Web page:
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Once you get into collecting Pokemon cards if you ever decide to trade or buy card outside of a retail card shop, you may very well run into FAKE Pokemon cards. The problem is, there are so many fake cards and some of them are really well done. This guide is here to help you figure out if your card is indeed a fake or if it is the real deal.
If you find a card that is in question always just do a quick check on the front and back to see if it looks real. If you are a collector you have been around Pokemon cards enough to have a basic idea of what a card should look like.
This Charizard is easily seen as fake because of how different the holo foil is. This particular foil pattern Charizard was one of the first fakes to be discovered for Pokemon. There are others with the same foil pattern as well as non-holos from the same run. Another key feature found in these Shadowless cards is size. They are all slightly too big. If you but them into a stack of real cards you will be able to feel the fake.
The fake attributes in this picture may not be immediately noticeable. The card on the left is fake. The outside blue border is faded instead of having a more deep color than the inside of the border like in picture two. The border on Pokemon cards are suppose to be distinct and this is not just assumed. I have spoken with the former production manager about the printing process before. The borders, both front and back, are DOUBLE STAMPED . Now she has not worked for WOTC in a while so this may not still be the case for newer cards, but this is how it was done while Pokemon was under WOTC.
WHAT TO LOOK FOR - Faded blue borders, Size variance, obvious differences from card known to be real
In the first picture here again you see the backside of two Pokemon cards that look very close to being the same product. The first card is missing the "TM" trademark, giving it away as a fake card. On many fake Pokemon cards there will be very subtle differences that are quite important(like the "TM" marking). On the Spiritomb card(second one) you can see where "may" was misspelled as "ma". Many fake card from the DP era had misspelled words or incorrect punctuation. Not only will you notice that but take a closer look at the font, and you will see that it is quite different, especially with the energies.
WHAT TO LOOK FOR - Incorrect punctuation, misspelling, different font, missing trademarks.
Using the LIGHT is a great way of determining if your card is fake. This particular example with a Ninetales you could probably tell right from the start it was a fake since it is non-holo, but it works as a great example in showing an even better tool. If you take a regular ENGLISH Pokemon card you know to be real and hold it up to the light you will see that almost no, if any at all, light passes through the card. Now if you have a Japanese card handy and hold it up to the light you will notice that it is translucent. With only a few exceptions, any English Pokemon card held up to the light that is translucent will be fake. Again this is not just something that is assumed, but there is a reason why the light can be used to determine if a card is fake. Pokemon cards have a blue/black strip that run through the middle of every card. This strip blocks out light. You can see what a real card looks like in the photo above. On the right is a typical fake card on the inside. Some fake cards can block out the light so this trick is a good bet for determining if a card is fake not if it real. The only exception are a few English cards printed on Japanese stock like the CD Shadowless Pikachu.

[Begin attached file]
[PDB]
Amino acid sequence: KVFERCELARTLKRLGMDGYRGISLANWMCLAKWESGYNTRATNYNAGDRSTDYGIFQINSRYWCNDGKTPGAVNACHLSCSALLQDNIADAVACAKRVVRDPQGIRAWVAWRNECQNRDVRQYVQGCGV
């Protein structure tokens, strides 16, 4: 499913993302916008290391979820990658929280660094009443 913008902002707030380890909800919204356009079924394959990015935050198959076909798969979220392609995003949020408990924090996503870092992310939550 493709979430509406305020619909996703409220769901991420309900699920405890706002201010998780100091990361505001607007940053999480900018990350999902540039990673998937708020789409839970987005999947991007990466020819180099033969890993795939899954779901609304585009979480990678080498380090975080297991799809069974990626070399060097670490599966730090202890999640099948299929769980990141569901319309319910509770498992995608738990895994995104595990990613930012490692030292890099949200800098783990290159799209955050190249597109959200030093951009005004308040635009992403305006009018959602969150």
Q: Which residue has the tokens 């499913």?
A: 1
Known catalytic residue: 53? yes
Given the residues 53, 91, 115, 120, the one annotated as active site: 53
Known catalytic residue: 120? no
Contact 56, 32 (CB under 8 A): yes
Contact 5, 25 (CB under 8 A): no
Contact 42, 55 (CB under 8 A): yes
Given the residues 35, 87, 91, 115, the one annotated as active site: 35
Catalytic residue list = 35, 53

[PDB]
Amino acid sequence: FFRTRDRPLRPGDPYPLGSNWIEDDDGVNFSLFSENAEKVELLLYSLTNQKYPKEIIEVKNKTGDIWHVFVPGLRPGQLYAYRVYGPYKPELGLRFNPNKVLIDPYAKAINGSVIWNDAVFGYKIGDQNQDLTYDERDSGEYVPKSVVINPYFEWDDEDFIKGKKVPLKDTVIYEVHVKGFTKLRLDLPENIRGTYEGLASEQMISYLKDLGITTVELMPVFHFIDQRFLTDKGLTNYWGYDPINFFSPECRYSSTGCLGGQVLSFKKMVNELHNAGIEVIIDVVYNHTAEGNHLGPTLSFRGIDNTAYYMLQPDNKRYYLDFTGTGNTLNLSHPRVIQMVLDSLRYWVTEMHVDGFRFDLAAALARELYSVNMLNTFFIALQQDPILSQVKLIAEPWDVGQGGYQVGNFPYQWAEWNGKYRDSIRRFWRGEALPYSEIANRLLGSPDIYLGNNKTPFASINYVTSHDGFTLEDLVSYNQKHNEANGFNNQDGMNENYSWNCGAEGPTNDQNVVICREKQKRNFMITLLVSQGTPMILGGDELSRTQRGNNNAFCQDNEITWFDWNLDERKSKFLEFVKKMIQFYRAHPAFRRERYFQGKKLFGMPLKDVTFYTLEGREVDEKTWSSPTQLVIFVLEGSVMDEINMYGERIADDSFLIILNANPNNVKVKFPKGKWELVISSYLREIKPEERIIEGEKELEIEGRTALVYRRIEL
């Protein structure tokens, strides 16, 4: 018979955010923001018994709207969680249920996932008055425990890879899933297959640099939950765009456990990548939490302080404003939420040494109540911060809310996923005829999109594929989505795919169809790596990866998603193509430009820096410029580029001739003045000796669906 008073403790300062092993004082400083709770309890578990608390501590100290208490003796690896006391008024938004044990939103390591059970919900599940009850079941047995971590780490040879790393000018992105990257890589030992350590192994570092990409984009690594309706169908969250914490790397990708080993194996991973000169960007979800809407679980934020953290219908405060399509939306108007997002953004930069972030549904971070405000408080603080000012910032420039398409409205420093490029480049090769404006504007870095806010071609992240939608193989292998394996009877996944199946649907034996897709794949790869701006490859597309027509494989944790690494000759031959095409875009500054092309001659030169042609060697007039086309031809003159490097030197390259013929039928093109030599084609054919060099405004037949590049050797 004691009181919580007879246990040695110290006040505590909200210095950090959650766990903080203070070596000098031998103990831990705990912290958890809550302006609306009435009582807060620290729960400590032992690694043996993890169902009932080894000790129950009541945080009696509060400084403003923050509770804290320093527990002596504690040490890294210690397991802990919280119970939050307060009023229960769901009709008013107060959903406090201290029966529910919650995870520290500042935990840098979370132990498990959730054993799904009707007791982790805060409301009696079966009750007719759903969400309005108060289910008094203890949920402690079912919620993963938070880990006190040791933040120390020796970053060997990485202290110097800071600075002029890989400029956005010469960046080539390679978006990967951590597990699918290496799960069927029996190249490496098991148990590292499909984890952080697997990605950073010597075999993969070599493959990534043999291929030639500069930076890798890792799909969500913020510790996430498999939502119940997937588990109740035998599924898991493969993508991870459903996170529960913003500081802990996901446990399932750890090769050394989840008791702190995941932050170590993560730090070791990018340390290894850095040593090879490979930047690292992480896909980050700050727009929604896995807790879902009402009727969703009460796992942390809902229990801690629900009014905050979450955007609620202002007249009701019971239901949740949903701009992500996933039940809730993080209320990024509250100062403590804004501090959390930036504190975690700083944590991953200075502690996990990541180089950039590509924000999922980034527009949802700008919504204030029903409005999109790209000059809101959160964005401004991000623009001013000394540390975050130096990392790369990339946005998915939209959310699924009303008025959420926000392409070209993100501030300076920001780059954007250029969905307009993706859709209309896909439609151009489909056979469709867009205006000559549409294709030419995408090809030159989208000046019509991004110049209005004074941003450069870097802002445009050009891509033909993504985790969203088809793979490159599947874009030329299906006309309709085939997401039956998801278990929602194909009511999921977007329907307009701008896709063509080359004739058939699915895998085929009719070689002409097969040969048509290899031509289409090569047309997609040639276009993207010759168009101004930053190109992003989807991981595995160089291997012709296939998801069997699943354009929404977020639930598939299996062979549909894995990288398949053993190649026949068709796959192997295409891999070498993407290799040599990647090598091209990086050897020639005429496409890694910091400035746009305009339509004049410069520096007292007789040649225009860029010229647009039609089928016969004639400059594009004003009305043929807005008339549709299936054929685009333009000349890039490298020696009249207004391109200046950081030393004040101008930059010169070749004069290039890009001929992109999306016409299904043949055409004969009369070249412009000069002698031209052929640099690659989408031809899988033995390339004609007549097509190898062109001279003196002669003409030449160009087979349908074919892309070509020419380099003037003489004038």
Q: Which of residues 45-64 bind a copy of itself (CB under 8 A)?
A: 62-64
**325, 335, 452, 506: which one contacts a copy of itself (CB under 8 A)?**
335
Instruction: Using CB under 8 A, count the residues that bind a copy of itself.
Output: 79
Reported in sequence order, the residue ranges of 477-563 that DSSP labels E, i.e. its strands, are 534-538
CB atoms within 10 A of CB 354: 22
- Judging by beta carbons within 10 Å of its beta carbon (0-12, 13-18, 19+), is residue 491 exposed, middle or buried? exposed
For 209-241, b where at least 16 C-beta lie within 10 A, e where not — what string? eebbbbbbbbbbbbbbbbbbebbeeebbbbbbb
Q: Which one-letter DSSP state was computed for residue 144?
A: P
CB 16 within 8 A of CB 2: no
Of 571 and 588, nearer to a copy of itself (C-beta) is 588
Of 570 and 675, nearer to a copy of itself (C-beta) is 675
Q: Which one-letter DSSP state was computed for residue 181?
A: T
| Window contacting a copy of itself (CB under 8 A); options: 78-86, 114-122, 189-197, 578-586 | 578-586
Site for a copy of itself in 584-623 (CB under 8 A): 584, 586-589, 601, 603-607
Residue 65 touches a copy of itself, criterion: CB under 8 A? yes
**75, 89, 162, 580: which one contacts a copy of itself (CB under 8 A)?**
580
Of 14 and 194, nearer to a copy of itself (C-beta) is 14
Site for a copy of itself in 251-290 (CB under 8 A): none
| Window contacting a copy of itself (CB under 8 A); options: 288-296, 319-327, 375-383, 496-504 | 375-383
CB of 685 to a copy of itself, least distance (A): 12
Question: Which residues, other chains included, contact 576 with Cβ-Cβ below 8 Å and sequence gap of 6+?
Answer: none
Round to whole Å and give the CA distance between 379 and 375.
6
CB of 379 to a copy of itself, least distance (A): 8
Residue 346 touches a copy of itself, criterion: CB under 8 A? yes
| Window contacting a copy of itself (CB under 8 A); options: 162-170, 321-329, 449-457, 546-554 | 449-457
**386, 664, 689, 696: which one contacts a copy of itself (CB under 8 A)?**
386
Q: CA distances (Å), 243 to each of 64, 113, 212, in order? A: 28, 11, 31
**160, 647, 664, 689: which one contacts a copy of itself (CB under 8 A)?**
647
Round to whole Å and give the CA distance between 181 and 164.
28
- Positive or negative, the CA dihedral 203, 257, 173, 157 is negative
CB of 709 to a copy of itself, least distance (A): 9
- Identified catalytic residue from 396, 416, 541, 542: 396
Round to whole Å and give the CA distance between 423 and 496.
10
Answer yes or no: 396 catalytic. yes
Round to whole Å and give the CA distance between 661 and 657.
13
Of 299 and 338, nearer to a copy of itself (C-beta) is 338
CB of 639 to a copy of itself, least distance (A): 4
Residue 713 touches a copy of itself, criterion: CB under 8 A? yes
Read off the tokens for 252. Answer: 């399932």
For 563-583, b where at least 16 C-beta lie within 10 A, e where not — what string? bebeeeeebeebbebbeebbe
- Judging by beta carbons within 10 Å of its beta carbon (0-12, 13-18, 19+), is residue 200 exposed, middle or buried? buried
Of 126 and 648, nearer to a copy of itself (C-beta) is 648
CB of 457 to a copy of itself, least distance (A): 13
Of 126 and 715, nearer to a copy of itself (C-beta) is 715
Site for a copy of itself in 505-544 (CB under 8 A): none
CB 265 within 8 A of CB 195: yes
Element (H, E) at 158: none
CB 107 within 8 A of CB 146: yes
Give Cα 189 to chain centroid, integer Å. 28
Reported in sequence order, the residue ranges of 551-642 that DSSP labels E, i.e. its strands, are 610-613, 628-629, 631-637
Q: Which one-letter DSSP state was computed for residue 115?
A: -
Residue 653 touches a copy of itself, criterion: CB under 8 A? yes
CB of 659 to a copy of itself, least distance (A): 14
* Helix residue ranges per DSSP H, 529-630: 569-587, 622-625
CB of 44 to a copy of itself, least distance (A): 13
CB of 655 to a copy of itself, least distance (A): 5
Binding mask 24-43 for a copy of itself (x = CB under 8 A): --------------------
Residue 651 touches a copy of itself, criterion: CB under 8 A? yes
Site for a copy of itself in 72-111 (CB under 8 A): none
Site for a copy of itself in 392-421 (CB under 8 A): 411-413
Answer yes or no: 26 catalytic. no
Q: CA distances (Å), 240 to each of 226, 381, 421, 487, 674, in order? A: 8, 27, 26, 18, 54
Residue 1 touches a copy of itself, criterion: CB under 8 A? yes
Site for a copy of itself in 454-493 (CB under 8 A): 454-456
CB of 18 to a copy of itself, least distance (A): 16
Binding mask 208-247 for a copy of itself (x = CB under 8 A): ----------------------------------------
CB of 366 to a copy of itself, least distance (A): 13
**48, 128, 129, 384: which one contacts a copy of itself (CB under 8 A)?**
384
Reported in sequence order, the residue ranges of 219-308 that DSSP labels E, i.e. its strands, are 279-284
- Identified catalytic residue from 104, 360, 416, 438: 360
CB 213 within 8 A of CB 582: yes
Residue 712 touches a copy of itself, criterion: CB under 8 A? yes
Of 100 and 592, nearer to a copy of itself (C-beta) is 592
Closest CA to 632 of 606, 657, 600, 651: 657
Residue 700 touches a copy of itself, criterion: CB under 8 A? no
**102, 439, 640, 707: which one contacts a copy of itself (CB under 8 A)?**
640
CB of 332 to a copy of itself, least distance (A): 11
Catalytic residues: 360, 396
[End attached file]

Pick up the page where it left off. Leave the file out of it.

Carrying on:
WHAT TO LOOK FOR - Light passing through your ENGLISH card
Now this is the hardest fake to tell apart in my opinion. Here recently, a few people have been fake stamping Shadowless cards. The stamp they have looks very convincing, but if you take a closer look you will be able to see that it is not original. I just bought a Charizard 1st edition myself for $180, and when it came in, I was able to look at it with much more discretion. This particular Charizard was a dead giveaway for a number of reasons.
-The first being that it has been cleaned on and directly around the 1st edition stamp area.
-Secondly the condition of this Charizard is played to say the least, and there are scratches literally all over this card as well as bends, dings, edge wear etc. The stamp itself however, is unblemished! There are even scratches running straight into the letters and coming out the other side.
-Thirdly the ink from the stamp is super fresh. It has all of its original sheen and is very deep colored. All around the same area is smudging and color deterioration. Just take a look at the yellow border, which would have twice as much ink as the 1st edition stamp, and you can see how damaged the surface is.
-Lastly, the FONT is different! Take a close look at the "E", "D", and "N" . Compare them to the 1st edition stamp on the right from a Machamp, and you will clearly see there are two different fonts.
Now if you are still unsure check out the short video below of How to REMOVE a FAKE 1st Edition STAMP:
As a collector this is a real blow for me. The fact that someone took a $15 shadowless Charizard and put a 1st edition stamp on it means there must be others out there. I have seen a few sellers on eBay even getting away with it! So WATCH OUT, I am always open for questions and would gladly give my advice on any card you have.
Please do not forget to vote with a thumbs up if the guide was helpful, and I really appreciate the time given to read this guide.
The Charizard Authority